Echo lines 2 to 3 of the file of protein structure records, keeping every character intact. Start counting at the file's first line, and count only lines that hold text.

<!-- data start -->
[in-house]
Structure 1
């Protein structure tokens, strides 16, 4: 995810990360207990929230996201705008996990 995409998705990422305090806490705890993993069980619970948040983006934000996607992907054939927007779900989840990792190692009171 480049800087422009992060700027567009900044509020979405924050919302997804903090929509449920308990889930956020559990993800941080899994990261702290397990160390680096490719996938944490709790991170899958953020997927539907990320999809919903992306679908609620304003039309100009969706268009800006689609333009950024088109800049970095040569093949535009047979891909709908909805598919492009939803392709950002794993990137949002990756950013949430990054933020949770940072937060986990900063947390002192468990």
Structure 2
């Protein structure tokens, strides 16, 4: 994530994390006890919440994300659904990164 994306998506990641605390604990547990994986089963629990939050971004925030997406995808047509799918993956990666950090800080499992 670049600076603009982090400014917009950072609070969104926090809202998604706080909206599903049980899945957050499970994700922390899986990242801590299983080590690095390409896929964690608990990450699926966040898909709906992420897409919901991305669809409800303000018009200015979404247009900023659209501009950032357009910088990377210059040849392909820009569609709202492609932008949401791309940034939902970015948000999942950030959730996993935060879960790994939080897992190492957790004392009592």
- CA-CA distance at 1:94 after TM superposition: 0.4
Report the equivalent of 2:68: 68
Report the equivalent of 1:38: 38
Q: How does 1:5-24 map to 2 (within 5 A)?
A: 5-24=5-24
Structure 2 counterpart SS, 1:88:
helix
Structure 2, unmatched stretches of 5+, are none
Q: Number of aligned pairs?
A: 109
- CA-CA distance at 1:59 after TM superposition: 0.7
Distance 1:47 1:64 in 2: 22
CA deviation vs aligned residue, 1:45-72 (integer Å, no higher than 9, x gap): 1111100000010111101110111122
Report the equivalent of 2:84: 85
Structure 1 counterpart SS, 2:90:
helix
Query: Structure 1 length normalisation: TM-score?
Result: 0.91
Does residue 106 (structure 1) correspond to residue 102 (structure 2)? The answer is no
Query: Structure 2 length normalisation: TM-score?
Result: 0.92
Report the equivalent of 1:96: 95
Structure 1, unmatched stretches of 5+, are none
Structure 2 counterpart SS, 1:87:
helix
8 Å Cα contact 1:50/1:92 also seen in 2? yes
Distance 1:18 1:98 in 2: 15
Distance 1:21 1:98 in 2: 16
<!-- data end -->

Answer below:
Structure 1
């Protein structure tokens, strides 16, 4: 995810990360207990929230996201705008996990 995409998705990422305090806490705890993993069980619970948040983006934000996607992907054939927007779900989840990792190692009171 480049800087422009992060700027567009900044509020979405924050919302997804903090929509449920308990889930956020559990993800941080899994990261702290397990160390680096490719996938944490709790991170899958953020997927539907990320999809919903992306679908609620304003039309100009969706268009800006689609333009950024088109800049970095040569093949535009047979891909709908909805598919492009939803392709950002794993990137949002990756950013949430990054933020949770940072937060986990900063947390002192468990």